The Kings made official the transaction posted on LAKI last night: Danish forward Patrick Bjorkstrand has signed a one-year entry-level contract with the club and should be expected to spend the upcoming season with the Ontario Reign. The extent to which his game translates to North America will influence any potential call-ups to the parent club, though in speaking with those within and outside of the organization, his skill set should be well-suited for this side of the Atlantic from a low-risk standpoint.
Bjorkstrand isn’t as skilled as his brother, Oliver, a top prospect with Columbus who acquitted himself quite well after making his NHL debut last season and who was named the MVP of the Calder Cup Playoffs while winning a title with Lake Erie. But he is the son of a coach, often an indication that he’ll be a smart, two-way hockey player with good awareness in all zones.
Before joining KHL-Zagreb, where he spent the last three seasons, Patrick Bjorkstrand spent the 2012-13 season with Mora IK in Sweden’s second-tier HockeyAllsvenskan, where he etched out an array of roles before the commencement of the NHL lockout, in which Anze Kopitar and Bobby Ryan joined the team and cut into some of his ice time. But he was an all-situational player with Mora, where he was under the tutelage of assistant coach Mark LeRose, a good friend of LAKI (and to whom LAKI will always be grateful for in saving a seat on Mora’s bus during lockout reporting from Europe that season).
“He is a very powerful skater,” said LeRose, who has been commended for cultivating players’ skating ability and other skilled attributes and is currently the general manager of USHL-Sioux Falls.
That skating ability is part of an overall package that appealed to the Kings, who signed a low-risk-type player with the contractual space available to do so.
“He’s a kid that we received some calls about. He played in the KHL last year,” Los Angeles Kings Vice President of Hockey Operations and Director of Player Personnel Michael Futa said over phone. “It’s just a different dimension. The only real opportunity we had to look at him was through development camp and some tape, and we spoke at length with the development guys and with the American League coaches and just talked about it. We’ve got a lot of grit and a lot of heart and a lot of character, and stuff like that, and the dimension of speed and some of the skills that he showed, it’s kind of like one of those free swings to get a look at somebody who brings a different dimension.”
Bjorkstrand’s signing isn’t completely different from the late-season free agency period in which players out of the CHL and NCAA sign entry-level contracts with NHL clubs. As a recently-turned 24-year-old, Bjorkstrand, a six-foot, 192-pound left-shooting forward who was never drafted, will now have the opportunity to earn recognition while taking part in training camp and skating for the club’s top affiliate.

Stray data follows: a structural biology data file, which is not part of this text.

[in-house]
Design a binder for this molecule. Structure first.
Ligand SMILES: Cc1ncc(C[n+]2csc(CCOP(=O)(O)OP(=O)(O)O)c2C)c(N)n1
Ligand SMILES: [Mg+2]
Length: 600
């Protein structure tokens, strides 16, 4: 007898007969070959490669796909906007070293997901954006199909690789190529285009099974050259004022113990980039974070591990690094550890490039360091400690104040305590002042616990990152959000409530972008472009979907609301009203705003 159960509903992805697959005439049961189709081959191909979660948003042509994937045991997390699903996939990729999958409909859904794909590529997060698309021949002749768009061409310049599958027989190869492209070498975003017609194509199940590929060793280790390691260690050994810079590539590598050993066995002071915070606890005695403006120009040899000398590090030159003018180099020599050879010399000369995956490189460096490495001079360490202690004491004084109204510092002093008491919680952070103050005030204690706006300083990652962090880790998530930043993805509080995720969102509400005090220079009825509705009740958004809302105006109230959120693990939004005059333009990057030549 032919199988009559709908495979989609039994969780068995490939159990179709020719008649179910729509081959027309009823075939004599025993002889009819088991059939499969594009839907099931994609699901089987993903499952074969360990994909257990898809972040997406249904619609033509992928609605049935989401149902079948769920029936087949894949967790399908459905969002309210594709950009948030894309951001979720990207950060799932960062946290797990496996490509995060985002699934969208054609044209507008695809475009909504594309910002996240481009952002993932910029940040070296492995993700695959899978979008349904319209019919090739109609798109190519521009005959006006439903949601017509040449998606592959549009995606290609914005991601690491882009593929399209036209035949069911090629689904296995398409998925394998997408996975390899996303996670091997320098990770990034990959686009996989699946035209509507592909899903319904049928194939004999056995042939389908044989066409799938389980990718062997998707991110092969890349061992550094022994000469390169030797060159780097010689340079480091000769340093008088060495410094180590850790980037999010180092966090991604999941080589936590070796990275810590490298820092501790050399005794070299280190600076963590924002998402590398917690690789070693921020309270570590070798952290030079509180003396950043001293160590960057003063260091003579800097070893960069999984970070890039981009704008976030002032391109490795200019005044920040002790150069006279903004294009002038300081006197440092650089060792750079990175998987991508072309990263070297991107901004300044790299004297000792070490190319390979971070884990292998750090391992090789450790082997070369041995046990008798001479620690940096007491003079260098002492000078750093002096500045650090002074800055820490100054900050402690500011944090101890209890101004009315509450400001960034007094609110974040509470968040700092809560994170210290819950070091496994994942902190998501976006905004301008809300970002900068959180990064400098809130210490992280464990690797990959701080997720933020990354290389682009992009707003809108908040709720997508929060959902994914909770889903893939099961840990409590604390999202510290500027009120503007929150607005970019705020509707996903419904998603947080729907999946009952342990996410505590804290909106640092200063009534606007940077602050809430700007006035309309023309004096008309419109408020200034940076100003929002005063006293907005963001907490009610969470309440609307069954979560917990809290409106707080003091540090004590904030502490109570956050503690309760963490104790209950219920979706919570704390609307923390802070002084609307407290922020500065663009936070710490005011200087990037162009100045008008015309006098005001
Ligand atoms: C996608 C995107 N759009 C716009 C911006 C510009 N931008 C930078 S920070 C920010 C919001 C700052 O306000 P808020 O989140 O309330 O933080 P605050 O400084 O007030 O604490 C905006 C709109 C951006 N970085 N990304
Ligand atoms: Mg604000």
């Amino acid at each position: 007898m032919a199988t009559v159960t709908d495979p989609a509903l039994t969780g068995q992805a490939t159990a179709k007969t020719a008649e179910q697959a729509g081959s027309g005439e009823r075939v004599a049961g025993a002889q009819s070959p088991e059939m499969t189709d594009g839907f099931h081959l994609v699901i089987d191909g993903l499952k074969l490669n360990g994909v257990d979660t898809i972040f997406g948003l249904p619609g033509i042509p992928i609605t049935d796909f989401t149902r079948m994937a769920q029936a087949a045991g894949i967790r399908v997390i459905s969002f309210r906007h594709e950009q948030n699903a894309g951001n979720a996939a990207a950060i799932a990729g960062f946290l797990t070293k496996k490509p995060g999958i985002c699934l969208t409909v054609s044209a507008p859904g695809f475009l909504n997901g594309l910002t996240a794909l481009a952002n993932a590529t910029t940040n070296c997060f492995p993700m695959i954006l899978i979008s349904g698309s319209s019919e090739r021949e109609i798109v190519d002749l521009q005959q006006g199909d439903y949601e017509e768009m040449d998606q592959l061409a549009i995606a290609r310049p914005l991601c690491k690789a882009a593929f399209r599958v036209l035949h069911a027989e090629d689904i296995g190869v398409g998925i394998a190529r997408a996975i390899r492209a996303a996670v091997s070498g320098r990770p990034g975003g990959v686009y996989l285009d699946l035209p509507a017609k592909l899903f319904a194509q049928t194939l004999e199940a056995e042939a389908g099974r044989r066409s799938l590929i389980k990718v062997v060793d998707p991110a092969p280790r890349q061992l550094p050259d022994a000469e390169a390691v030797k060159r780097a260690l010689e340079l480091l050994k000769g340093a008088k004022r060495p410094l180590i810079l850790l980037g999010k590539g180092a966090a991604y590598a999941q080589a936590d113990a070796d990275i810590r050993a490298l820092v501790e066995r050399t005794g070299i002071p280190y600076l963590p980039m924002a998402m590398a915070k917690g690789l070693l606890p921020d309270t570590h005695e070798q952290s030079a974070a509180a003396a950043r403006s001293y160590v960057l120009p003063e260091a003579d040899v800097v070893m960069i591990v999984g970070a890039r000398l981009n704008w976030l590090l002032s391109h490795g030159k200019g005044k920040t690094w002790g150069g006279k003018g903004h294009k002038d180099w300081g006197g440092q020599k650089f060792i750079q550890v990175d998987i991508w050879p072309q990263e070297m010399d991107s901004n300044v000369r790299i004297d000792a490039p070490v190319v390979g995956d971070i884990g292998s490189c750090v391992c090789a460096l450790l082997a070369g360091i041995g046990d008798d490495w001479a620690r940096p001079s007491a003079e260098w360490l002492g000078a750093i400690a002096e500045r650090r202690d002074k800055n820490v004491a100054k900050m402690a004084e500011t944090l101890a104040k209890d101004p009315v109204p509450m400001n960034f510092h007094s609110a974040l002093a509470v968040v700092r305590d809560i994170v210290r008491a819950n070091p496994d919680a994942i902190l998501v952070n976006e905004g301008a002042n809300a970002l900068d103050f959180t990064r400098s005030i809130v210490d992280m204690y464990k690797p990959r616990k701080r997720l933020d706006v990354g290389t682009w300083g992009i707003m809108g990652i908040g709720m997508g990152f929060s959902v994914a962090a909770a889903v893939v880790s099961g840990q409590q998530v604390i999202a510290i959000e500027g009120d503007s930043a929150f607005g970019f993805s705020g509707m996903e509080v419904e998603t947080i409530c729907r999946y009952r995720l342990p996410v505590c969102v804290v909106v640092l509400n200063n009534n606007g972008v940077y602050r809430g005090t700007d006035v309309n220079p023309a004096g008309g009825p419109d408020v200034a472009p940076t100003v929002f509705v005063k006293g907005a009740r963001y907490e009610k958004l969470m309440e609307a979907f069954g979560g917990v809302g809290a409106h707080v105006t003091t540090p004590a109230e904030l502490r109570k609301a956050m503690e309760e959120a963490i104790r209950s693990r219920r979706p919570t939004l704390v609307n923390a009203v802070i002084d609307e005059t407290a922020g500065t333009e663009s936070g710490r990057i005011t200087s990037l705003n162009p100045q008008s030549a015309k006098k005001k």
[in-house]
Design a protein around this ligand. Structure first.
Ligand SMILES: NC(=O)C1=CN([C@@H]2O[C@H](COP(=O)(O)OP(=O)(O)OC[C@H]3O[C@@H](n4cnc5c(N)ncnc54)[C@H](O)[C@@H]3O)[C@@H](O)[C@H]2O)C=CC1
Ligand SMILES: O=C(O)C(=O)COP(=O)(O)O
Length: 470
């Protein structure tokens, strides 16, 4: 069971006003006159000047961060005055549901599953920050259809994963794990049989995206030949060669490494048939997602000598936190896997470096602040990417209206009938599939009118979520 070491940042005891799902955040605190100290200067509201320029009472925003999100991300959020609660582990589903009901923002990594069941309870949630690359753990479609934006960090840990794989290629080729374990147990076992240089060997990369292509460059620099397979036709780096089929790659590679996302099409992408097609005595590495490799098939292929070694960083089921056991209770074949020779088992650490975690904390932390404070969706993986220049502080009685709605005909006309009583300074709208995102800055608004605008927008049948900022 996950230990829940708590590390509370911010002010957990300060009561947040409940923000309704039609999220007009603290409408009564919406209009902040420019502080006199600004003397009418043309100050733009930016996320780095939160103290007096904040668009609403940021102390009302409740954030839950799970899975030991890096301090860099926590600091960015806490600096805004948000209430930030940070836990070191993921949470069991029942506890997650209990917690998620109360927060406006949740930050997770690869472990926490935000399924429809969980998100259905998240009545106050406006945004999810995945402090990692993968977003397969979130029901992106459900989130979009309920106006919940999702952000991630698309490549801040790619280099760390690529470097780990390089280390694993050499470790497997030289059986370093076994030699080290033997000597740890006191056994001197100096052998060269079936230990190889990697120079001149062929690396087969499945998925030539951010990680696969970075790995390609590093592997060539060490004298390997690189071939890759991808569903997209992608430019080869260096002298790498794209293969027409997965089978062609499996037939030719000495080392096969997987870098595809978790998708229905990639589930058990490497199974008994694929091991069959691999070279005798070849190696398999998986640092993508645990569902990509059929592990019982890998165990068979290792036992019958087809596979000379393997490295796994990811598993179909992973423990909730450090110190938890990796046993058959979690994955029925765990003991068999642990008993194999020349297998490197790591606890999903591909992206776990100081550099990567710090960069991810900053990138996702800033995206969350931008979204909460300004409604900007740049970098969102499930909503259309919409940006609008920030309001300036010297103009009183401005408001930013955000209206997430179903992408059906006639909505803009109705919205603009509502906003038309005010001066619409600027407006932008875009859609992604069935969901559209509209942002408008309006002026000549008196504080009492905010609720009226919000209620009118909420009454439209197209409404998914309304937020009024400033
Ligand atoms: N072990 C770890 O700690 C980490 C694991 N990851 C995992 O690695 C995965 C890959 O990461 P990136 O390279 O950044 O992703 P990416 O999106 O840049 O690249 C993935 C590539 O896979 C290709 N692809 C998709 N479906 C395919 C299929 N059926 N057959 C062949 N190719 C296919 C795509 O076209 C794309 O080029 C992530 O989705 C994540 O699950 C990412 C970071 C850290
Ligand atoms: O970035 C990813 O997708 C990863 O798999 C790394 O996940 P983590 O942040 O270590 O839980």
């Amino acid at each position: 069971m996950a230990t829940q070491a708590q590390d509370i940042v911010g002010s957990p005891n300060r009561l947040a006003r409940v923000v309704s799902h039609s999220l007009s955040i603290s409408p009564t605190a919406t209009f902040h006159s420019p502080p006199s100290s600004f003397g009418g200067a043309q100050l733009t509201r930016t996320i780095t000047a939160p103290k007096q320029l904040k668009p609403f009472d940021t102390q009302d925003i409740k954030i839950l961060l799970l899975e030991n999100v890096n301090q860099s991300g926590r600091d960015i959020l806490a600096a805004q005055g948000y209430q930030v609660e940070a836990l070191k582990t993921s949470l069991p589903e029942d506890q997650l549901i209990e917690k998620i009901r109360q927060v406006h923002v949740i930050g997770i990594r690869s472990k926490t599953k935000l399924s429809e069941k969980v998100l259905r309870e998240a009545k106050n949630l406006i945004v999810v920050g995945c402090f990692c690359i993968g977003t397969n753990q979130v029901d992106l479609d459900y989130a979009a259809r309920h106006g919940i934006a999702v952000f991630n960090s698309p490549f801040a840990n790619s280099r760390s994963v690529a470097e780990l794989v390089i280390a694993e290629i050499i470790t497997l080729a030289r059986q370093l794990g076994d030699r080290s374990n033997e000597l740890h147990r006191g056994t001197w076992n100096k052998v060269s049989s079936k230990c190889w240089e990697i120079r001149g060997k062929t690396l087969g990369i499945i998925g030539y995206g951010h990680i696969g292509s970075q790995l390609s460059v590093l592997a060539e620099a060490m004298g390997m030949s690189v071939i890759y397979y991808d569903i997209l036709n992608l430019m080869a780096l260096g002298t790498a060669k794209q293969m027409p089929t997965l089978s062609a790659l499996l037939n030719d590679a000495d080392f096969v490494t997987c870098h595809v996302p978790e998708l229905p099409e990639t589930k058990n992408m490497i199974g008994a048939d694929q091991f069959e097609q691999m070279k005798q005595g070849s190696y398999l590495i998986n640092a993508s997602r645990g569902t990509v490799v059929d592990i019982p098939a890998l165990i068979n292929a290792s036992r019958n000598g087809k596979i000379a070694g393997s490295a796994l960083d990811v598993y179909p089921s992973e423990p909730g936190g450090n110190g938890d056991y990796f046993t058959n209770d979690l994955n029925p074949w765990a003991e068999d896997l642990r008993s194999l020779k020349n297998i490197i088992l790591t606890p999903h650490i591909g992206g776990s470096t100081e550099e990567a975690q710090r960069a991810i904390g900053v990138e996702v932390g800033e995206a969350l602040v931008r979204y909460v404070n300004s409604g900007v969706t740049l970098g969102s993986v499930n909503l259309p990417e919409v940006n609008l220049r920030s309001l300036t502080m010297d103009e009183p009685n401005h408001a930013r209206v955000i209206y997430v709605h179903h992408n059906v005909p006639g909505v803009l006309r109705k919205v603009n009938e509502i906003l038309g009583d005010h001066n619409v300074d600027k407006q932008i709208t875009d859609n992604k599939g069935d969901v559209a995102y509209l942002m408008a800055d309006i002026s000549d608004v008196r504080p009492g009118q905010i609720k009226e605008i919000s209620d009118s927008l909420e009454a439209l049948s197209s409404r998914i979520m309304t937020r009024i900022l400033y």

“We compared his age to being that of a kid that finished college,” Futa said. “If you looked at a college free agent, how would he compare? Everybody felt that the tools that he was showing [were impressive], and the kid obviously made a very good impression as a person as well with his drive. It was just unique, so we kind of banged our heads and watched a little bit more tape and felt for a one-year deal it was worth taking the risk to add a different dimension. I think he’ll get a chance to work hard at the NHL camp. It’s his first time playing pro in North America, so we really see him more as a guy that’s going to get an opportunity down at the American Hockey League to see if he can adapt to the North American style of play and forge his way into our future plans. It was an impressive camp, and it was something that we thought about on a lot of different dimensions as a group.”
Futa referred to Bjorkstrand’s father, Todd, whom he played alongside in Denmark, as “one of the Danish Gretzkys.” Tenured Los Angeles pro scout Rob Laird also played alongside Todd Bjorkstrand with IHL-Fort Wayne in the early 1980’s.
“There’s a good competitive bloodline as far as competitive nature and North American roots and stuff like that. We felt the kid worked hard and it was worth a swing to see how he adapts to North America,” Futa said.
Bjorkstrand’s signing is likely to be the only invite signing that immediately follows development camp, though conversations with those in hockey operations have indicated that the team will also be closely watching forwards Matt Luff and Justin Gutierrez during rookie camp and training camp in September. Luff, who didn’t take the ice late in development camp because of a rolled ankle suffered during off-ice workouts, is a 6-foot-2 forward and an Oakville, Ont. native who totaled 27 goals and 57 points in 61 games during his 18-year-old season for OHL-Hamilton. Gutierrez, a 6-foot-4, 205-pound Anchorage native whose major junior eligibility expired after his most recent season with WHL-Lethbridge, totaled 22 goals and 49 points in 46 games with the Hurricanes.
For more context, yesterday’s story on Bjorkstrand is available here.